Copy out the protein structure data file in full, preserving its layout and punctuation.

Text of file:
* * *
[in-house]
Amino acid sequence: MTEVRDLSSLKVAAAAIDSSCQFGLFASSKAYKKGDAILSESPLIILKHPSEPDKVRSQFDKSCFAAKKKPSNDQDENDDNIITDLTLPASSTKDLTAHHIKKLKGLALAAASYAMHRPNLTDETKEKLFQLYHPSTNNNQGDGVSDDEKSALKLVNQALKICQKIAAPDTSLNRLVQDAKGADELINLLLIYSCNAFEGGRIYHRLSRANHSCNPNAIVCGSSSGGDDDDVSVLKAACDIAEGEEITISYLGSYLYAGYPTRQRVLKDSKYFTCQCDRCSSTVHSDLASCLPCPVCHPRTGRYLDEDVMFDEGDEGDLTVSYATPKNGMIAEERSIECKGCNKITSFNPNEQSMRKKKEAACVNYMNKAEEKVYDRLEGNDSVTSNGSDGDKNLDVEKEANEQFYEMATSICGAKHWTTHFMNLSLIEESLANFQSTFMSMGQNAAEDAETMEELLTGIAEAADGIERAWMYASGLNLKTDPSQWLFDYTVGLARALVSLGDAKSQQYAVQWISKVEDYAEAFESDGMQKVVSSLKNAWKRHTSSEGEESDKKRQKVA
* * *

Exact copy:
[in-house]
Amino acid sequence: MTEVRDLSSLKVAAAAIDSSCQFGLFASSKAYKKGDAILSESPLIILKHPSEPDKVRSQFDKSCFAAKKKPSNDQDENDDNIITDLTLPASSTKDLTAHHIKKLKGLALAAASYAMHRPNLTDETKEKLFQLYHPSTNNNQGDGVSDDEKSALKLVNQALKICQKIAAPDTSLNRLVQDAKGADELINLLLIYSCNAFEGGRIYHRLSRANHSCNPNAIVCGSSSGGDDDDVSVLKAACDIAEGEEITISYLGSYLYAGYPTRQRVLKDSKYFTCQCDRCSSTVHSDLASCLPCPVCHPRTGRYLDEDVMFDEGDEGDLTVSYATPKNGMIAEERSIECKGCNKITSFNPNEQSMRKKKEAACVNYMNKAEEKVYDRLEGNDSVTSNGSDGDKNLDVEKEANEQFYEMATSICGAKHWTTHFMNLSLIEESLANFQSTFMSMGQNAAEDAETMEELLTGIAEAADGIERAWMYASGLNLKTDPSQWLFDYTVGLARALVSLGDAKSQQYAVQWISKVEDYAEAFESDGMQKVVSSLKNAWKRHTSSEGEESDKKRQKVA